Study of Fludarabine Based Conditioning for Allogeneic Stem Cell Transplantation for Myelofibrosis
Stem cell transplantation is used to treat may types of diseases. There a 2 types of transplants, conventional (very intense) and reduced intensity-non-myeloablative, also called mini-transplants.
This study proposes to use a conditioning regimen for allogeneic transplantation along with a reduced intensity transplant. Conditioning regiment is the name for the combination of chemotherapy drugs that is given to patients before receiving a transplantation of donor stem cells. It is hoped that the regimen designed for this study proves to be less toxic and has an equal or better anticancer effect than the regimens that are normally used. The regimen being used is a combination of two chemotherapy drugs, fludarabine and melphalan. This regimen has been studied in recipients of matched sibling transplants and in recipients of alternative donor stem cells in other hematologic malignancies. Those subjects, who receive stem cells from an unrelated donor, will also receive and additional drug called ATG or anti thymocyte globulin. ATG suppresses the immune system, thus reducing the chances for the recipient rejecting the transplant (graft).
The purpose of this study is to observe if reduced intensity transplants can be used to allow engraftment or "take" of the donor's bone marrow. Studies conducted in the past show this type of transplant is much less toxic than traditional bone marrow transplants. Reduced intensity transplants may be better tolerated by patients who may experience serious side effects from standard (very intense) stem cell transplant.
The study has been recently amended to follow all subjects for survival.
|Study Design:||Intervention Model: Single Group Assignment
Masking: Open Label
Primary Purpose: Treatment
|Official Title:||Study of Fludarabine Based Conditioning for Allogeneic Stem Cell Transplantation for Myelofibrosis|
- The Primary Endpoint is Progression-free Survival. [ Time Frame: 2 years ] [ Designated as safety issue: No ]Number of participants alive at 2 years who are progression-free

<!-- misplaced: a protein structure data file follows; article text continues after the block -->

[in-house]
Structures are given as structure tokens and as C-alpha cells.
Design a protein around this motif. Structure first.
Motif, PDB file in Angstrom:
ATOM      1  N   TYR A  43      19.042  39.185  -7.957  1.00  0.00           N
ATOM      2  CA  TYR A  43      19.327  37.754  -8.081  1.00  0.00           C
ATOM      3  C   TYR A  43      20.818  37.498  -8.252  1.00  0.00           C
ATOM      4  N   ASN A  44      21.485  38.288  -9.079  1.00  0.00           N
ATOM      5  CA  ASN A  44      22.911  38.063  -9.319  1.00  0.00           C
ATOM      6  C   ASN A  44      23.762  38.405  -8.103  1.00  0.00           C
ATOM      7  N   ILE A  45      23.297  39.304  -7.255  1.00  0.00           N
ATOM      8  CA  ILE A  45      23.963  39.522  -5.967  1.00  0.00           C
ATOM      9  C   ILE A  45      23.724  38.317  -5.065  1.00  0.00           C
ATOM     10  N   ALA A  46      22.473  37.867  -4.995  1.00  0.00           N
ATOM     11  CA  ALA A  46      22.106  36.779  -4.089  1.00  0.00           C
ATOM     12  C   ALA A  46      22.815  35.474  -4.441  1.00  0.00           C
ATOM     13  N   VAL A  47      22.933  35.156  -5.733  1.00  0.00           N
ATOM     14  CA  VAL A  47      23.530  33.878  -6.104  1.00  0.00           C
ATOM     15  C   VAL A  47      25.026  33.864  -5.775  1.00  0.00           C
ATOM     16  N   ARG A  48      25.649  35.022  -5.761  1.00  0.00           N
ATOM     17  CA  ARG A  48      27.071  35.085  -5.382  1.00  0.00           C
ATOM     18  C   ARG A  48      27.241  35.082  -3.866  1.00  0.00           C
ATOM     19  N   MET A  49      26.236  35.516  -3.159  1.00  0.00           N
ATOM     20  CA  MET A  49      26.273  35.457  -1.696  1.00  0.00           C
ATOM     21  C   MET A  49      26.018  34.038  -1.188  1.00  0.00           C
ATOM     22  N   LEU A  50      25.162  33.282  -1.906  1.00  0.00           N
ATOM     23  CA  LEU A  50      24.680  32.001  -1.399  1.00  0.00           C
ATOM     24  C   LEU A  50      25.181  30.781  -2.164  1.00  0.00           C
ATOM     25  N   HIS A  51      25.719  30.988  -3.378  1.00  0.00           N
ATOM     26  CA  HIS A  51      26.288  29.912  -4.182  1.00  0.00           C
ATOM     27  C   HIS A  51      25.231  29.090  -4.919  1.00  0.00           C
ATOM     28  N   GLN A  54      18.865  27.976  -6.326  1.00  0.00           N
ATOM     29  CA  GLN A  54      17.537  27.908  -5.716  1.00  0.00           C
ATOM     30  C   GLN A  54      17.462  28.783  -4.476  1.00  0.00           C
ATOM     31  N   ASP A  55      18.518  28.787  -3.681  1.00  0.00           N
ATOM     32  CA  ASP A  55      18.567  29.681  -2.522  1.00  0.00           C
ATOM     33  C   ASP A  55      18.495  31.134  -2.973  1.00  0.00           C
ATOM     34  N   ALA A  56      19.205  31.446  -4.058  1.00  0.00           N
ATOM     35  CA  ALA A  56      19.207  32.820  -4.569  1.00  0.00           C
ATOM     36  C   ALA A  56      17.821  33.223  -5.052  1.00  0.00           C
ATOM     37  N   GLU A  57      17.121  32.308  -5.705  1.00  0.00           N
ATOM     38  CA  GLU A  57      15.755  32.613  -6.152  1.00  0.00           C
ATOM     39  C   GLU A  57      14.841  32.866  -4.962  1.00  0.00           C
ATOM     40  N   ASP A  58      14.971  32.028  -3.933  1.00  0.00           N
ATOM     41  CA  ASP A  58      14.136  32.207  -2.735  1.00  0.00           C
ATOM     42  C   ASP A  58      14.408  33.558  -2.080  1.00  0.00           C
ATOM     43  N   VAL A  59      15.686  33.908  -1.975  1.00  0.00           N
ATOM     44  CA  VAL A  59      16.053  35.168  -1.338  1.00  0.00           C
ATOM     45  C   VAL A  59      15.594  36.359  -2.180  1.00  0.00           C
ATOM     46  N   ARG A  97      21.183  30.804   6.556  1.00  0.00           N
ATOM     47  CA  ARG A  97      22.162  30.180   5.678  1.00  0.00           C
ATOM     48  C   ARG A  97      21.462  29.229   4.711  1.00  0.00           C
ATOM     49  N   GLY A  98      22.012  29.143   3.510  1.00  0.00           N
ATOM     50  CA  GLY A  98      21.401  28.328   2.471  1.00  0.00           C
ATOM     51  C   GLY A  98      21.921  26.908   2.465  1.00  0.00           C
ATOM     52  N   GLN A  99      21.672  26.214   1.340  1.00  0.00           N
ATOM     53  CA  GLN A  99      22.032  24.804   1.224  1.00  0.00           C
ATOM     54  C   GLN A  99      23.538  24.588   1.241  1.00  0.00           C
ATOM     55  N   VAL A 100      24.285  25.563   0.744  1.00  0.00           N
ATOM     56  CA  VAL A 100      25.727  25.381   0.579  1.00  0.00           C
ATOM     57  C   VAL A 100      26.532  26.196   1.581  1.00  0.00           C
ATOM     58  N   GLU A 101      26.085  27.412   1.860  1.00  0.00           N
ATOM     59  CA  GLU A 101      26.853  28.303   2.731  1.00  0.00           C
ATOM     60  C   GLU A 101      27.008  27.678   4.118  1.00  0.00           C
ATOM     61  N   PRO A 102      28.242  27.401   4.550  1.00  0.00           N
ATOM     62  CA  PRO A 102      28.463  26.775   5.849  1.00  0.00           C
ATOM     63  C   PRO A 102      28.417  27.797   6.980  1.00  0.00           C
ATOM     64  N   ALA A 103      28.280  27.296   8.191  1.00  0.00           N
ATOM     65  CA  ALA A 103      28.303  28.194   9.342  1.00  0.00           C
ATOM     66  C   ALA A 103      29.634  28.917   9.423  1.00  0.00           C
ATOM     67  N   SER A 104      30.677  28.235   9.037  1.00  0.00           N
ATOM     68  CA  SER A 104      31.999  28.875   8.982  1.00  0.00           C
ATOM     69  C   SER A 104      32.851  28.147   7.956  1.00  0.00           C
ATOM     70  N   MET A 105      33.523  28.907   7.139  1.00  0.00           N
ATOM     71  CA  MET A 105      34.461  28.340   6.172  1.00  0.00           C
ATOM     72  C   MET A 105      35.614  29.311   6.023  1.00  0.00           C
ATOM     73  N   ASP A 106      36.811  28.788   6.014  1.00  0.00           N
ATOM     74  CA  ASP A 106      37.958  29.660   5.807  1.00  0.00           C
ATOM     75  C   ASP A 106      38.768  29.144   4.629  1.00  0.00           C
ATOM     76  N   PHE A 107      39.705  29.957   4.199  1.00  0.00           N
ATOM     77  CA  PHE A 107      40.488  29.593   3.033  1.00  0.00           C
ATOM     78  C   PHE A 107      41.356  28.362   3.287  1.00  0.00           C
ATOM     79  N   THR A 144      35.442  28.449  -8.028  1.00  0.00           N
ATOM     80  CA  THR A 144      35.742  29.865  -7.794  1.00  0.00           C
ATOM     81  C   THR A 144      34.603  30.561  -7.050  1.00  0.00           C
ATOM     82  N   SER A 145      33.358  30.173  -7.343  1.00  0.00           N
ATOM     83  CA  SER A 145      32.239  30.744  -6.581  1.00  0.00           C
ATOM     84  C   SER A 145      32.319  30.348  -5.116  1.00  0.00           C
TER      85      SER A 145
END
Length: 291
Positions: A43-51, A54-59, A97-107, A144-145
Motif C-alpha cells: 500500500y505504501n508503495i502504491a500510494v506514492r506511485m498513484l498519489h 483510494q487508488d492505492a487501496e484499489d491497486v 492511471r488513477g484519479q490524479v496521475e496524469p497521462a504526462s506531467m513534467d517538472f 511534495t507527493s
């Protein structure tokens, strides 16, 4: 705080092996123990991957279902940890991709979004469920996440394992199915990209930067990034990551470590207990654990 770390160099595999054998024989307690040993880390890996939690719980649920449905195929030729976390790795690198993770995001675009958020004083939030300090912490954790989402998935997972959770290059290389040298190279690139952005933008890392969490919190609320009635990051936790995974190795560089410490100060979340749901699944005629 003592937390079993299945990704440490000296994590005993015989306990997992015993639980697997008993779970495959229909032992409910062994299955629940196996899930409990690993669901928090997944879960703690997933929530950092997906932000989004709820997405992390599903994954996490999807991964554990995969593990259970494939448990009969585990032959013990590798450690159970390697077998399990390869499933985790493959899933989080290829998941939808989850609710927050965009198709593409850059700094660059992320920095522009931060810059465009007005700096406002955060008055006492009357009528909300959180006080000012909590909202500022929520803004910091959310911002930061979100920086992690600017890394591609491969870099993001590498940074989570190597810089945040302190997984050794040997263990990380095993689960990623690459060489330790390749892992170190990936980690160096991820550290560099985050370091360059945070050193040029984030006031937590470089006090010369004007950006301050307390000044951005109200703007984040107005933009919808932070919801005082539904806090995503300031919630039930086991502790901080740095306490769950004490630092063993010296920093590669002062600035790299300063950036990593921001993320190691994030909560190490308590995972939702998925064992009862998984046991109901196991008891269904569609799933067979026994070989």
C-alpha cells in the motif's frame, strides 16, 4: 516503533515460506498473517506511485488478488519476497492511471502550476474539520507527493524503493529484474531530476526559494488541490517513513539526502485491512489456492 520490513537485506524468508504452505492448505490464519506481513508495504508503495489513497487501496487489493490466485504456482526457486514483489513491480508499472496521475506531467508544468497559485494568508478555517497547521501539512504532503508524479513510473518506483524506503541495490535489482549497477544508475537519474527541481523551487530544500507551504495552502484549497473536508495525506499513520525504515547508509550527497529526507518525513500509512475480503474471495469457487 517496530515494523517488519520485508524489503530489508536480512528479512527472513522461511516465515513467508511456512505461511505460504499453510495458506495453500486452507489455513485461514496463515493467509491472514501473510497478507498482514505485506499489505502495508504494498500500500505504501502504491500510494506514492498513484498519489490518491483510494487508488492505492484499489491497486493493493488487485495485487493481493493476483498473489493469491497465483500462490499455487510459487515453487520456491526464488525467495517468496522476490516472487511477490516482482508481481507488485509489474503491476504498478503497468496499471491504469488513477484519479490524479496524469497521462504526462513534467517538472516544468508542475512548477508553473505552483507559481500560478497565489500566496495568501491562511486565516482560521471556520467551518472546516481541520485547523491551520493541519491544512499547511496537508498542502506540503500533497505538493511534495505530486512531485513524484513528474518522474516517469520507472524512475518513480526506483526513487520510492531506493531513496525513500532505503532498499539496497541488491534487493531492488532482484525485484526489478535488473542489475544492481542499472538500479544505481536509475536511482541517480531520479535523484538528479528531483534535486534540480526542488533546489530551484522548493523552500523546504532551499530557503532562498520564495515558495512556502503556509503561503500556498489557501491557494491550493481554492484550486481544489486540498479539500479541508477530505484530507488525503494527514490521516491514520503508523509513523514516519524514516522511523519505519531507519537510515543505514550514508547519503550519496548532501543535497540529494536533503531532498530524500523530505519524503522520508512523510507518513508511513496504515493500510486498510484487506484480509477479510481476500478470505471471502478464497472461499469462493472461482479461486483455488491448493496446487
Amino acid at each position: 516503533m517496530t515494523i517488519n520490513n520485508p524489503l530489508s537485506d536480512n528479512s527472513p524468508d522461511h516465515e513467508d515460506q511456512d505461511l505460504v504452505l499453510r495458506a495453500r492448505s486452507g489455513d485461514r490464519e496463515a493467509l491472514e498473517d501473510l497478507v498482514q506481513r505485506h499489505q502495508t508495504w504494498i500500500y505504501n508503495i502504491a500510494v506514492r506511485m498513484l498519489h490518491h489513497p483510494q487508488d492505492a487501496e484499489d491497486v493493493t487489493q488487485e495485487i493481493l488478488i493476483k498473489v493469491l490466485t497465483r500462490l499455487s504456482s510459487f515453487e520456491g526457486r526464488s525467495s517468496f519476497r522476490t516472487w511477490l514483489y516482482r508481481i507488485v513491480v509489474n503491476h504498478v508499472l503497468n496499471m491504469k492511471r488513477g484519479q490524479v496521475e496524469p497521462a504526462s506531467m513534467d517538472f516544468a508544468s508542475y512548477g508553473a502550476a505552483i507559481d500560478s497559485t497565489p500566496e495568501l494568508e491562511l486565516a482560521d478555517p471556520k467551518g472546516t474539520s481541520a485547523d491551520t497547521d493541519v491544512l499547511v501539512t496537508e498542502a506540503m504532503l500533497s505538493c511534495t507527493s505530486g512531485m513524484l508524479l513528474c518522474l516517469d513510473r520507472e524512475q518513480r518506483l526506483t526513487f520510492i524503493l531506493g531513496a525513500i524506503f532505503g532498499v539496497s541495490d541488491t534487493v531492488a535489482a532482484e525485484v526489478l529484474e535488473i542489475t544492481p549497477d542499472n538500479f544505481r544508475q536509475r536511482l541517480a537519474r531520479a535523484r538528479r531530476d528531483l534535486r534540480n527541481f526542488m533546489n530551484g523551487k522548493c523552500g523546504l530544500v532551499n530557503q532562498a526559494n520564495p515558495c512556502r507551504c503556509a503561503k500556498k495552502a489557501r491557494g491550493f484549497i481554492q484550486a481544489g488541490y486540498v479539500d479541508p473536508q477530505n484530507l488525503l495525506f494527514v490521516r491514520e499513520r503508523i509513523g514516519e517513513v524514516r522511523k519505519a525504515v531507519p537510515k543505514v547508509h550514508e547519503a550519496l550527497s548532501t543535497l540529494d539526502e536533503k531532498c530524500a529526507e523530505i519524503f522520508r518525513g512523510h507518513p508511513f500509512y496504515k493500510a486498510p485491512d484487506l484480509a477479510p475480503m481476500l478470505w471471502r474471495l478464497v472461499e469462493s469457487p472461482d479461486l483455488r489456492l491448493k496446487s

- Response Outcomes [ Time Frame: 180 days ] [ Designated as safety issue: No ]assessed according to the IWG Criteria
- Overall Survival [ Time Frame: 73 months ] [ Designated as safety issue: No ]The number of patients alive at last follow-up.
- Absolute Neutrophil Count (ANC) [ Time Frame: 2 years ] [ Designated as safety issue: No ]Patients with ANC ≥0.5 × 10^9/L
- PLT [ Time Frame: 2 years ] [ Designated as safety issue: No ]Patients with PLT ≥20 × 109/L
- Transplant-related Mortality [ Time Frame: 2 years ] [ Designated as safety issue: Yes ]Transplant-related Mortality including Graft-versus-host disease (GVHD)
|Study Start Date:||August 2007|
|Estimated Study Completion Date:||August 2020|
|Primary Completion Date:||August 2011 (Final data collection date for primary outcome measure)|
Experimental: Fludarabine, Melphalan +/- ATG
Fludarabine, Melphalan +/- ATG
Drug: Fludarabine, Melphalan +/- ATG
Conditioning regimen for Allogenic Stem Cell Transplant:
Related Donor Fludarabine days -6 to -2 (30mg/m2 IVPB over 30 minutes daily) Melphalan days -3 to -2 (70mg/m2 IVPB over 30 minutes daily)
Unrelated Donor Fludarabine days -6 to -2 (30mg/m2 IVPB over 30 minutes daily) Melphalan days -3 to -2 (70mg/m2 IVPB over 30 minutes daily) ATG (Thymoglobulin®) days -3 to -1 (0.5 mg/kg IV on day -3 [given over 6 hours], and 2 mg/kg on days -2 and -1 [given over 4 hours])
This study is designed as a single arm Phase II clinical trial in patients with myelofibrosis who are eligible for transplantation from a related donor or from an unrelated donor source. Patients will be accrued into two separate strata defined by donor type. Each of the two strata will be analyzed separately.
Patients will be followed yearly from time of enrollment into the study to assess clinical response and overall, progression and event free survival, as well as incidence and degree of acute and chronic GVHD. We will estimate cumulative survival and transplant related mortality in patients enrolled in each of the two strata.
Please refer to this study by its ClinicalTrials.gov identifier: NCT00572897
|United States, Illinois|
|University of Illinois at Chicago|
|Chicago, Illinois, United States, 60612|
|United States, Maryland|
|Baltimore, Maryland, United States, 21205|
|United States, New York|
|Roswell Park Cancer Institute|
|Buffalo, New York, United States, 14263|
|Icahn School of Medicine at Mount Sinai|
|New York, New York, United States, 10029|
|Weill Cornell Medical College|
|New York, New York, United States, 10065|
|United States, Ohio|
|Ohio State Univesity|
|Columbus, Ohio, United States, 43210|
|United States, Utah|
|University of Utah|
|Salt Lake City, Utah, United States, 84132|
|Princess Margaret Hospital|
|Toronto, Ontario, Canada, M5G2M9|
|University of Florence|
|Florence, IL, Italy, 60302|
|Ospedali Riuniti di Bergamo|
|Bergamo, Italy, 24128|
|University of San Martino|
|San Martino, Italy|
|Regionala etikprovningsnamnden Goteborg|
|Goteborg, Sweden, 60302|
|Principal Investigator:||John Mascarenhas, MD||Icahn School of Medicine at Mount Sinai|
|Study Chair:||Giovanni Barosi, MD||Myeloproliferative Disorders-Research Consortium|
|Study Chair:||Damiano Rondelli, MD||Myeloproliferative Disorders-Research Consortium|